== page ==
I’ve seen pictures for many years, containing artwork that can still be seen when viewed upside down.
I found out that these images are called Ambigrams, when I first read Dan Brown’s first book Angels & Demons. These are repeatedly used as a plot device in the book and ever since then I’ve wanted to try to create one of my own.
This video shows how I went about doing just that.
I won’t bore you with the failed attempt, you can see that in the video. The reason I wanted to show it to you was that this doesn’t have to be the end of it. Just adjust your method and try again.
This project started out with the goal of producing an Ambigram of the my brand, Tinkerneering. I found that while this was possible to turn into an Ambigram, there result it just too hard to read. You’ll see that the best compromise was to use just the first 6 letters and just work with the word Tinker. As I reflect on this, I realise it’s not a compromise at all. It’s what I do, it’s what we all do in some way or another…
Watching the video, you’ll see how I dealt with the different vertical strokes in each letter in the word.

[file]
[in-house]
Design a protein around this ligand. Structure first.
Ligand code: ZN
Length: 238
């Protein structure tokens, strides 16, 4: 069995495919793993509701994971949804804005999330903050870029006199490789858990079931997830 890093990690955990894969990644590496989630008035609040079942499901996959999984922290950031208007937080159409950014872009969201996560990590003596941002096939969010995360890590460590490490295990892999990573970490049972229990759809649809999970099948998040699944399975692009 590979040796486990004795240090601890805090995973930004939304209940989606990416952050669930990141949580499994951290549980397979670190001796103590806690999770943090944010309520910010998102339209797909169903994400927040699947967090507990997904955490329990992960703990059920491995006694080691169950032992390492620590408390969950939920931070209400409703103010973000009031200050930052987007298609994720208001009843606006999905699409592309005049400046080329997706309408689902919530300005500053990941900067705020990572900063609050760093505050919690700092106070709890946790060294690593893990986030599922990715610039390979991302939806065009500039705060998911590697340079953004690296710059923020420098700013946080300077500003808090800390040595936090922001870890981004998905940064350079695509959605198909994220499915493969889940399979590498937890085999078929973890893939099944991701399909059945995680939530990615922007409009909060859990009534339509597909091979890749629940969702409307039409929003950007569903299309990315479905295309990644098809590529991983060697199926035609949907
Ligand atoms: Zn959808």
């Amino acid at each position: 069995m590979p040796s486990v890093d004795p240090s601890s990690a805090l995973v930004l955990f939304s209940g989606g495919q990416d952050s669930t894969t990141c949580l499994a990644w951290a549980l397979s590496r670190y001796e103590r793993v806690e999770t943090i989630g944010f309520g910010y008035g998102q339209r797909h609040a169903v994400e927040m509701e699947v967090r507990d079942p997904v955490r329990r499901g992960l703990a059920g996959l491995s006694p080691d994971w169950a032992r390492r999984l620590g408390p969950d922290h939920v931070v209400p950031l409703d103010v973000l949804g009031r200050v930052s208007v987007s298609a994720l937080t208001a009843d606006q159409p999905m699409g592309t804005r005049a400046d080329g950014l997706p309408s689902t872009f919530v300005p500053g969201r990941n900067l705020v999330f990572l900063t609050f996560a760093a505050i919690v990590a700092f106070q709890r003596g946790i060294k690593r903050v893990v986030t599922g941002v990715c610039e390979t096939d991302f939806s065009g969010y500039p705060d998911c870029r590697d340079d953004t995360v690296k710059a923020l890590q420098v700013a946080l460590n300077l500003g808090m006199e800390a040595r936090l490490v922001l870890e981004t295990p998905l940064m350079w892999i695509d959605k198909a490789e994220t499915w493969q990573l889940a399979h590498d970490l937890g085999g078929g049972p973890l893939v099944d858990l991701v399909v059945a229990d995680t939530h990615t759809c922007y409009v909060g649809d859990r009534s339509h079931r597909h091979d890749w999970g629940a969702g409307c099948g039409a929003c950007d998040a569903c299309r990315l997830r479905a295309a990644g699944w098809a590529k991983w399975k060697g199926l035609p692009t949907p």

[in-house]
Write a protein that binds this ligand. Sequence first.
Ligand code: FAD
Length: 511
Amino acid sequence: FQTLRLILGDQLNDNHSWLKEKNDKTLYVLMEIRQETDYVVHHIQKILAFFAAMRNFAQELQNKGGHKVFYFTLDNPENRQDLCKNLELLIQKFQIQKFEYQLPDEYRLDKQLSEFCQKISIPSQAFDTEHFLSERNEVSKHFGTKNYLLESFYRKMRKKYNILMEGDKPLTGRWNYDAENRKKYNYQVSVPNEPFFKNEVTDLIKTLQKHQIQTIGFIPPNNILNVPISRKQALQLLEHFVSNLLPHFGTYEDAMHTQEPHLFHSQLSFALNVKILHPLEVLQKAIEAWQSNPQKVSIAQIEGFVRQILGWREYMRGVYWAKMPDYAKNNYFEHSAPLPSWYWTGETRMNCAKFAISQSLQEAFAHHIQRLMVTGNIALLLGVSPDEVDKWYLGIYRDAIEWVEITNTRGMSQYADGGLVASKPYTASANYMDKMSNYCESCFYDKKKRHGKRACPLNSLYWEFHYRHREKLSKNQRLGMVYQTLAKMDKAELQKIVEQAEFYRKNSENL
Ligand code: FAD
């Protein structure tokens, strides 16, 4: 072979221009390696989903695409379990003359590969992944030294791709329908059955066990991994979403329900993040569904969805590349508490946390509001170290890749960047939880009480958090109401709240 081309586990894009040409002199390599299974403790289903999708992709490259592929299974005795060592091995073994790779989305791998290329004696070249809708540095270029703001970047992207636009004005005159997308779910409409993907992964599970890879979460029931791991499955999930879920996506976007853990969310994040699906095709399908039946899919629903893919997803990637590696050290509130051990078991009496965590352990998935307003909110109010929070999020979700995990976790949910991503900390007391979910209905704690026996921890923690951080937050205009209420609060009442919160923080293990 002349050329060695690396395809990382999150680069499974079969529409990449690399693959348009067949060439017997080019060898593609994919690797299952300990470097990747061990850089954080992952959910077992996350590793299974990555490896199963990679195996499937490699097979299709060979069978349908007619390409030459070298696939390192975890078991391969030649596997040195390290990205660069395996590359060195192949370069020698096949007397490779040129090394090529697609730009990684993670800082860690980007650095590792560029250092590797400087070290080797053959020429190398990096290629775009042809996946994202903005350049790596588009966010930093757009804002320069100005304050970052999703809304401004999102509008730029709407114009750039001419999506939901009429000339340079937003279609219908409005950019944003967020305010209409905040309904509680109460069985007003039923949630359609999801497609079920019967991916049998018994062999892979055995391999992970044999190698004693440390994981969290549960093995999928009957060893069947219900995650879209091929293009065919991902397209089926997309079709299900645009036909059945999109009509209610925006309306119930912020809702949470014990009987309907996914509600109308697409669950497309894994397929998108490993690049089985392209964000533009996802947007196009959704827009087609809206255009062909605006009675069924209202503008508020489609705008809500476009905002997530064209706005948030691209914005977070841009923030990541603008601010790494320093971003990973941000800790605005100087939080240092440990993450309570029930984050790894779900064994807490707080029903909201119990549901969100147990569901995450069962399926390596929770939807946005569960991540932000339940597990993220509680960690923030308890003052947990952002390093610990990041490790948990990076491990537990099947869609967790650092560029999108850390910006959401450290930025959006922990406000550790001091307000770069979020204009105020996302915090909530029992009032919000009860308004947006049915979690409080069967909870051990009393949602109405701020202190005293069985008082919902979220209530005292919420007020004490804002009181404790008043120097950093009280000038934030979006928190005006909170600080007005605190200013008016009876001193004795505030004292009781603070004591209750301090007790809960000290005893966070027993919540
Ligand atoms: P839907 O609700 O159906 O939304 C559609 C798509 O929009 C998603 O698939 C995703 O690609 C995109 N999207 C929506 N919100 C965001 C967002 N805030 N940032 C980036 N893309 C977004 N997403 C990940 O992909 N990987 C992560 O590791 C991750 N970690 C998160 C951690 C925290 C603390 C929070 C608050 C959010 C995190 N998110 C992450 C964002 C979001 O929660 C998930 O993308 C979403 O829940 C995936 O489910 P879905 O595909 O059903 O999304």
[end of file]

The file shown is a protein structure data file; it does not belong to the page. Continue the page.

I came up with a way to transform the first two letters T & i, into a form that would rotate into a capital R. The trick is to fool the viewer’s eyes into ignoring parts of the letter that they’re not used to reading. An extra curve in the tail on the R, becomes the cross of the T. Slotting the lowercase “i” into the design is a doddle.
When researching Ambigrams and learning from the work of artists like John Langdon, I could see various ways of grouping the remaining letters n, k & e.
As you see in the video, the first downward stroke of the n can be drawn with a loop that becomes the e when viewed upside down. I then just had to find a way to draw the bridge and second downward stroke of the n, along with the whole of the letter k.
I think I managed to pull it off by splitting the lines up and letting the viewer’s eye recombine them into letters that they find familiar.
The Gothic script version was equally as challenging, I had to make some adjustments to keep the letters in a consistent style but the overall structure of this Ambigram is the same as the last one.
I want to make this accessible to everyone, which is why I’ve created the Ambigram Assistant.
This runs in your browser. There is nothing to download, no plugins to install and no fees to pay.
You can draw on the canvas in freestyle mode, or the assistant can replicate your brush strokes in any one of three modes.
I’ve included a colour picker as will as a slider to alter the thickness of your brush.
Then when you’re done, hit the download button to get a render of your artwork without the assistant’s toolbox and grid.
Good luck with your Ambigrams if you choose to make your own.
Thanks for stopping by.